Step Three: WWE Draft
So how do you do this concept in a refreshing way? Well it just so happens that WWE has the perfect partner to execute this. With the help of Fox coming in and looking to establish a more “real sport” feel to the WWE, a draft a month or so before their October debut would be perfect.
You could then use the experience Fox has of covering the NBA and NFL drafts and give a
similar feel to the WWE version. Host a draft combine on FS1, have experts weighing in, pre-draft analysis, mock drafts and more. Go all in on the concept of hyping this event just as if an NFL team was about to get their franchise player.
This will all start with the huge announcement that 205 Live will be split among the brands when the draft occurs. This will drive more viewership to 205 Live as people want to see the fallout of what will happen in its final days. Then you can end 205 Live on a high note with a nice WWE Network special event to showcase the incoming “draft class”. This leaves the door open to explore 205 Live again in the future (when it can be done properly), perhaps even using it for a yearly “draft class” of superstars.
Of course, that will also bring the question about what happens to NXT? Well NXT will get
whomever doesn’t get drafted. This can lead to an easy way to downgrade some superstars
who need more development (Lacey Evans anyone?) and allow some of NXT’s biggest stars to get a proper exciting call up. Think of how much impact Matt Riddle getting drafted will be versus just a random introduction on SmackDown or Raw. It gives incoming superstars instant momentum and a launching point to a potential push.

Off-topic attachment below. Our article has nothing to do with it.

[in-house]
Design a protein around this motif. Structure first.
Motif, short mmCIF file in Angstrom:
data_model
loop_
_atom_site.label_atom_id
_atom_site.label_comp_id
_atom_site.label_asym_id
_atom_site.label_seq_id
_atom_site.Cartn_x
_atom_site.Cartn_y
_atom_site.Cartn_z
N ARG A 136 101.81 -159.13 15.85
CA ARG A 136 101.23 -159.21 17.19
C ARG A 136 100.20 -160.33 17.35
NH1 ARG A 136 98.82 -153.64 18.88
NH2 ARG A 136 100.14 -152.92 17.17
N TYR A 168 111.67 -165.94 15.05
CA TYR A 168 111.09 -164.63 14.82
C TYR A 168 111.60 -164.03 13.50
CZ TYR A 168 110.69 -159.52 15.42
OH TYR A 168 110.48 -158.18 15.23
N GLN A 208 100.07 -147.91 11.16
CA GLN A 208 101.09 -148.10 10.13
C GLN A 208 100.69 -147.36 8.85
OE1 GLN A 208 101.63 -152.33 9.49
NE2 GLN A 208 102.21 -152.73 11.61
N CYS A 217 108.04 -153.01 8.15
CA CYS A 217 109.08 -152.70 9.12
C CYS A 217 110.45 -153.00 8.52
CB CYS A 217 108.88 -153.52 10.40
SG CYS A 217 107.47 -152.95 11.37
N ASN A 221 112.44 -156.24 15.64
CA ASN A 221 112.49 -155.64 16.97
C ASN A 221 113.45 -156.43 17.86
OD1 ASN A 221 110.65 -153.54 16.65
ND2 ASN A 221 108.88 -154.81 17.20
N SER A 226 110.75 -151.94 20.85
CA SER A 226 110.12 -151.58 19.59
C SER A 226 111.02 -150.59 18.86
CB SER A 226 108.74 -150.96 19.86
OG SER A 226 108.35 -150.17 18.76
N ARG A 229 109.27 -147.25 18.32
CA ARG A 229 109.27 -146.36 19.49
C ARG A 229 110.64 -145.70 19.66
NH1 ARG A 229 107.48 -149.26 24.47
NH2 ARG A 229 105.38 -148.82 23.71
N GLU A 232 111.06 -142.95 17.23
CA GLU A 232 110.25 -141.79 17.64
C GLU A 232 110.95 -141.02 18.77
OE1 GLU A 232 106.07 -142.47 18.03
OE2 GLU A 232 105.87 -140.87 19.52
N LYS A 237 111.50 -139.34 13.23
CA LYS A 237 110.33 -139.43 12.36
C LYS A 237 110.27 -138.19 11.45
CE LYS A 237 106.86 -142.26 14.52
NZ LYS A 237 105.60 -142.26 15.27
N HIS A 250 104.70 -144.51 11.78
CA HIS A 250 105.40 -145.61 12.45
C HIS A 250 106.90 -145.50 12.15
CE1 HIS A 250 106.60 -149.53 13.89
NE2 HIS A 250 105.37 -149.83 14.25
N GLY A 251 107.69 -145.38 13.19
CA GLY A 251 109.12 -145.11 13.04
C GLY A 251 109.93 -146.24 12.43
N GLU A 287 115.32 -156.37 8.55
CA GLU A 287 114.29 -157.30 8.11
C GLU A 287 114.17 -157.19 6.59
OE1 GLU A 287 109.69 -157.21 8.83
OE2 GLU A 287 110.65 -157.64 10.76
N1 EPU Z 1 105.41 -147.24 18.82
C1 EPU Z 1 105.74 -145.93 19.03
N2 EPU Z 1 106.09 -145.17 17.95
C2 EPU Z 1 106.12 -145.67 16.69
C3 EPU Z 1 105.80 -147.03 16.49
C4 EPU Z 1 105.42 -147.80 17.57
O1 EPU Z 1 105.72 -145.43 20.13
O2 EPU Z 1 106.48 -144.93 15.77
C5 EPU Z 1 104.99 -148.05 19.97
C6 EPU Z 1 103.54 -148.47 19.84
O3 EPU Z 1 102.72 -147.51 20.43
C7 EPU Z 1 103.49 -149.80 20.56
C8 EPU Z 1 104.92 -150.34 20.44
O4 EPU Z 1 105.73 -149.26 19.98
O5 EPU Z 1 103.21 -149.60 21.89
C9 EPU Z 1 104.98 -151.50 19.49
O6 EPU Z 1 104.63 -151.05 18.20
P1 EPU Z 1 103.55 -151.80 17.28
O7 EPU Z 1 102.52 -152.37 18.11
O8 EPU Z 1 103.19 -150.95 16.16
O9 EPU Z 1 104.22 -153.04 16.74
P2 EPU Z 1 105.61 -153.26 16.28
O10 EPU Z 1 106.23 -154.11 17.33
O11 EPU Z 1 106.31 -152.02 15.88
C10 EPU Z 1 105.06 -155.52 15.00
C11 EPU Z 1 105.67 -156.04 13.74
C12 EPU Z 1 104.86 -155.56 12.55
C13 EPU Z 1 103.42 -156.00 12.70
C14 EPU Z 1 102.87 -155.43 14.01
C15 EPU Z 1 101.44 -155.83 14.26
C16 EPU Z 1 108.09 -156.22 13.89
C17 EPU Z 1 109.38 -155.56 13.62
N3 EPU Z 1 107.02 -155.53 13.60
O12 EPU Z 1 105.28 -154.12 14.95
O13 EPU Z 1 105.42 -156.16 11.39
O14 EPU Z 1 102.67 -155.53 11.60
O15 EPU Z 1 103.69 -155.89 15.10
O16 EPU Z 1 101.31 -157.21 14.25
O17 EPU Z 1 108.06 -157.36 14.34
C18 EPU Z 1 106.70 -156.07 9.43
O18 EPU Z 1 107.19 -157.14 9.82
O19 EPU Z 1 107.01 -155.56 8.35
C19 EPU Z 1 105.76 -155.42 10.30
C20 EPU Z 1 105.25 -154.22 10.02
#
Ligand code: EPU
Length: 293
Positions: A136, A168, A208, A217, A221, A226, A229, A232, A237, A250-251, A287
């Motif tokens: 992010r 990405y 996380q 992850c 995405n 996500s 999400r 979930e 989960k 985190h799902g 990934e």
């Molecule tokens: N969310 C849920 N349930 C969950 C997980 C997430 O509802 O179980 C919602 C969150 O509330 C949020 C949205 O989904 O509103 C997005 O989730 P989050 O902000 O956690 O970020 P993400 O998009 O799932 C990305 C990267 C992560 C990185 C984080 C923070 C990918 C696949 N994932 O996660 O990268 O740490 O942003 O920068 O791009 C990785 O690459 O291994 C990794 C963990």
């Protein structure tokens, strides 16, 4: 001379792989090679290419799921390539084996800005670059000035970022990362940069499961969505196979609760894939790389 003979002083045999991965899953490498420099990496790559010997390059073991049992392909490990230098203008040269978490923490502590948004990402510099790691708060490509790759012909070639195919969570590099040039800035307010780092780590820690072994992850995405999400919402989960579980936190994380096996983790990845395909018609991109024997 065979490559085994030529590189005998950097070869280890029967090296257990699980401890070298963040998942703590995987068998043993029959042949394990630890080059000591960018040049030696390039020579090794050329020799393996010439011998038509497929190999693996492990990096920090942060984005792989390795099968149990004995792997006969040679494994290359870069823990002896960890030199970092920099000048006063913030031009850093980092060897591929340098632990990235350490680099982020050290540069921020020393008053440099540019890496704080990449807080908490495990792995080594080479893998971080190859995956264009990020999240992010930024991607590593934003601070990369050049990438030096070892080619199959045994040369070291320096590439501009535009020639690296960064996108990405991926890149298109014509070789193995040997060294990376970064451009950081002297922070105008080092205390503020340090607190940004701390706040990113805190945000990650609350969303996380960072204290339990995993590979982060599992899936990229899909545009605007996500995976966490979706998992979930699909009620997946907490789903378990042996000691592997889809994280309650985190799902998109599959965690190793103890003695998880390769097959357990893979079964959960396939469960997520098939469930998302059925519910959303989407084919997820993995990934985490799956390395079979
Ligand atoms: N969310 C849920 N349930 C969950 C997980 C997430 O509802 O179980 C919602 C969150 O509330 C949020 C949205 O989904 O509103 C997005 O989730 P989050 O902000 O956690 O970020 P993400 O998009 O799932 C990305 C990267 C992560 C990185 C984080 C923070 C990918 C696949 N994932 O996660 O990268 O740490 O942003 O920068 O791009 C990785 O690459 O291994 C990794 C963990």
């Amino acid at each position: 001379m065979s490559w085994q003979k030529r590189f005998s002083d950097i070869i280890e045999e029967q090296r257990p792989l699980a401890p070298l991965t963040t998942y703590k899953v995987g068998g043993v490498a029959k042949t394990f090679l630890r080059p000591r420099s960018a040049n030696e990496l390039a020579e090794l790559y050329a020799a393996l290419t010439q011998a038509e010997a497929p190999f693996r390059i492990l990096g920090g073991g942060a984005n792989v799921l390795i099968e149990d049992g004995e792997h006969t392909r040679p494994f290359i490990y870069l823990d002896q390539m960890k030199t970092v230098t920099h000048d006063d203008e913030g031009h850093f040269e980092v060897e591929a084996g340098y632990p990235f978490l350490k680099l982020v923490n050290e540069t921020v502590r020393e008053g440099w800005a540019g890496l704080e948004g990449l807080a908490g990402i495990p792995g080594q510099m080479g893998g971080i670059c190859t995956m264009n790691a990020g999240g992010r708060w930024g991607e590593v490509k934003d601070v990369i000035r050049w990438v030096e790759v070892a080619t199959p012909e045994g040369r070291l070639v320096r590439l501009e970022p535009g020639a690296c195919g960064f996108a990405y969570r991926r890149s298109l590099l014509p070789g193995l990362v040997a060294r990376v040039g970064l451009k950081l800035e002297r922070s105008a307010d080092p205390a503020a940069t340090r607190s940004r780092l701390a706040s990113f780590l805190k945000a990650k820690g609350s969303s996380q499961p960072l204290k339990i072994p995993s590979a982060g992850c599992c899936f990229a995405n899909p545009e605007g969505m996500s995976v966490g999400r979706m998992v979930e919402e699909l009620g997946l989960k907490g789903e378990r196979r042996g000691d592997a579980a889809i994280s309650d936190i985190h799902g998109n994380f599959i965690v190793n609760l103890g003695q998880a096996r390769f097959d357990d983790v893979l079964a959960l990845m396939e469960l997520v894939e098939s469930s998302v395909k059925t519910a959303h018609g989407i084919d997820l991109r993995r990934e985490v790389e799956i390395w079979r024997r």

Also paramount in this should be the inclusion of Bischoff and Heyman in the draft process.
Everybody knows they were hired as heads of the show in real life, so why not play on that
realism. Have them dismiss being “general managers” like the days of old but instead executive directors looking to make the best show possible. This will feel like breaking the fourth wall whilst not really having to.
This is the core game-plan of how to make a successful reinvention of the two brands. If
executed correctly with the help of Fox and even USA, this could feel like a real historic moment in the sport. And it will make people remember it is actually still considered a sport. And that is exactly the brand that Fox wants to create. And when your fans are happy and the executives are happy, the money that will bring will make Vince McMahon very happy.
At least until the XFL goes under again.